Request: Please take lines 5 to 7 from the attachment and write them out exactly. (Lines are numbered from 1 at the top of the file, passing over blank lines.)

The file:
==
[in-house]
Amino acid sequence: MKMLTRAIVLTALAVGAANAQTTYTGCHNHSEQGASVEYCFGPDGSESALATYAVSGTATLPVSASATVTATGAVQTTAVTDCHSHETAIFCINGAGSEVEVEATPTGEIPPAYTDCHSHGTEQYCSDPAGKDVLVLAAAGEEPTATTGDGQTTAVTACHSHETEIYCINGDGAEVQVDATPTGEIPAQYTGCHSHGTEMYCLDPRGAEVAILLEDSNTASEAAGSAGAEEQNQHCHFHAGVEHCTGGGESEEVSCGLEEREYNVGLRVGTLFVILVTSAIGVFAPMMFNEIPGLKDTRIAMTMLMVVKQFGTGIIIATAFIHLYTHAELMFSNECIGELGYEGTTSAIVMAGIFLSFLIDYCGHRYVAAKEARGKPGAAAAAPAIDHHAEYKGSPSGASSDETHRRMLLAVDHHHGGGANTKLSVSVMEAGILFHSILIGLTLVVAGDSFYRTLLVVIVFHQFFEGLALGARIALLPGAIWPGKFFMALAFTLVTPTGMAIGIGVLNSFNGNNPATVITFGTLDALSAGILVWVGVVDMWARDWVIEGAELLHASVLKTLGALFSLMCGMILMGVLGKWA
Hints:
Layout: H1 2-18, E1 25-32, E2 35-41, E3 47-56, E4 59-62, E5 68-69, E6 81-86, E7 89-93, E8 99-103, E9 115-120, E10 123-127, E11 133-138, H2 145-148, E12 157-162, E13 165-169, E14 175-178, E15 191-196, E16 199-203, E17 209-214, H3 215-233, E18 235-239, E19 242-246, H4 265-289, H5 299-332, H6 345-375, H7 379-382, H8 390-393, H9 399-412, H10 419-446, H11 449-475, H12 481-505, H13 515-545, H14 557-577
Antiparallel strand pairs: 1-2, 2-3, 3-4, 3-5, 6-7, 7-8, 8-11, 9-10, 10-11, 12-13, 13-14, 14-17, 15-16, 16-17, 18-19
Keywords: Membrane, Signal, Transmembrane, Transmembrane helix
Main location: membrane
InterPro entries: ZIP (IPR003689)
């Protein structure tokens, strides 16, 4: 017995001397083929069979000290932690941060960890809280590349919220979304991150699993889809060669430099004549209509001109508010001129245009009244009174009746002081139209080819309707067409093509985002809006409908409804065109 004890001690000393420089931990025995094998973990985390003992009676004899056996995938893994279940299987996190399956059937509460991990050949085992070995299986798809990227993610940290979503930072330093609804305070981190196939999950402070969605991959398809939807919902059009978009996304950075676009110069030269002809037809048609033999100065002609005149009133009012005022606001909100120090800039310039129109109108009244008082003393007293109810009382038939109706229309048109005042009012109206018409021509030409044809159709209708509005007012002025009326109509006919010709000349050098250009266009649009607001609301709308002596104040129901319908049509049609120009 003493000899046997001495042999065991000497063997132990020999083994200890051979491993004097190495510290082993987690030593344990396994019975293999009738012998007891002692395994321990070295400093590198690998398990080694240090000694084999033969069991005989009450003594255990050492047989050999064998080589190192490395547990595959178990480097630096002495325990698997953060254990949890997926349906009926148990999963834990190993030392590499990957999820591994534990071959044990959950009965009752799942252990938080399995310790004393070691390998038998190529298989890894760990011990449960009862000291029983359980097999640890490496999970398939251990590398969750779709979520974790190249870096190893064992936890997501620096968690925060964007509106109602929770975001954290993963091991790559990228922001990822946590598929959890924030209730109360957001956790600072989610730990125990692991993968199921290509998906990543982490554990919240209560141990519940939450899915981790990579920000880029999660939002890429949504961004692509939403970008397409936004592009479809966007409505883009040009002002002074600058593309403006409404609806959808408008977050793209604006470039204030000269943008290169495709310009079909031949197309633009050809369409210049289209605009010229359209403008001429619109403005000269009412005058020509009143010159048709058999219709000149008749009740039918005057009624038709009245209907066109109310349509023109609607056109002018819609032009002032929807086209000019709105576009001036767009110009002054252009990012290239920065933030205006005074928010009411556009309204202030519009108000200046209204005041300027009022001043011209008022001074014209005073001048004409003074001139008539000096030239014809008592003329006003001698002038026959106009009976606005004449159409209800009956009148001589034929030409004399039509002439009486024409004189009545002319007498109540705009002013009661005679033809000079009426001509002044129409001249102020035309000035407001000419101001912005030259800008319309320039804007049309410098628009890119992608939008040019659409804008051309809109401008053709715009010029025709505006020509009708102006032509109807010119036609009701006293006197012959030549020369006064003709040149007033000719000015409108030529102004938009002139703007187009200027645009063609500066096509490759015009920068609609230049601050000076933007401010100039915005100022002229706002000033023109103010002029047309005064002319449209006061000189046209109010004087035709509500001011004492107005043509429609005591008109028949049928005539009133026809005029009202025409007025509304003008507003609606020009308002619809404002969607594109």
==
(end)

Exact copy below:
Antiparallel strand pairs: 1-2, 2-3, 3-4, 3-5, 6-7, 7-8, 8-11, 9-10, 10-11, 12-13, 13-14, 14-17, 15-16, 16-17, 18-19
Keywords: Membrane, Signal, Transmembrane, Transmembrane helix
Main location: membrane